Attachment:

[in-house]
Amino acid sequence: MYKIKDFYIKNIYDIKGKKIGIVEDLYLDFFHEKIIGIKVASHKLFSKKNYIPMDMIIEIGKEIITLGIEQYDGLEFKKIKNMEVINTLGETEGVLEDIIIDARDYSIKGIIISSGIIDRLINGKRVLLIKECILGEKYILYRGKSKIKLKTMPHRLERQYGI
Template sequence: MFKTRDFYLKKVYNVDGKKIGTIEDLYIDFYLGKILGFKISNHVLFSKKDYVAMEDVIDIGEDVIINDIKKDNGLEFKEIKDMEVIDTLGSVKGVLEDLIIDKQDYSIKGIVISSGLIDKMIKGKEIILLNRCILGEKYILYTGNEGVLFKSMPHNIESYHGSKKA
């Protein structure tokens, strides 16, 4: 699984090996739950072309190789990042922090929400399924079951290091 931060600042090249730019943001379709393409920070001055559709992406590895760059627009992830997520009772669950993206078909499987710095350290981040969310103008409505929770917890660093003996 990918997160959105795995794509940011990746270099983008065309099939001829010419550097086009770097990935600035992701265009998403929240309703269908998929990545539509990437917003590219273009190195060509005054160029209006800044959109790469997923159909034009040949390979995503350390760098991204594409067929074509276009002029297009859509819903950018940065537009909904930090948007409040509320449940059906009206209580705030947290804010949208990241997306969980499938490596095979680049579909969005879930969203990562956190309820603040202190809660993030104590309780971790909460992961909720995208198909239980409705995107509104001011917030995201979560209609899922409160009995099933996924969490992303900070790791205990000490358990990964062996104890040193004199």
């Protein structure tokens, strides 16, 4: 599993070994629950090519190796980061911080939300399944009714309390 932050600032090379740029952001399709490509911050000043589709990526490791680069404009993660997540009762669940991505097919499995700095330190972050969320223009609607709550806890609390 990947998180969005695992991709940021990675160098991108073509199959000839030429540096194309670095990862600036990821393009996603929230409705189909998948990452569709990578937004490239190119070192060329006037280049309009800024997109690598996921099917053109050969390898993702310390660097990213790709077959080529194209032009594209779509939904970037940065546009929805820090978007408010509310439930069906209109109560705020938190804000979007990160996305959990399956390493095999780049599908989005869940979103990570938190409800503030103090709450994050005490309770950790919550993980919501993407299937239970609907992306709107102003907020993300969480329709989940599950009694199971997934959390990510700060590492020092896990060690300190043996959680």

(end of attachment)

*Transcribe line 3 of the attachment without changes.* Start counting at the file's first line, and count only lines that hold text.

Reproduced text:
Template sequence: MFKTRDFYLKKVYNVDGKKIGTIEDLYIDFYLGKILGFKISNHVLFSKKDYVAMEDVIDIGEDVIINDIKKDNGLEFKEIKDMEVIDTLGSVKGVLEDLIIDKQDYSIKGIVISSGLIDKMIKGKEIILLNRCILGEKYILYTGNEGVLFKSMPHNIESYHGSKKA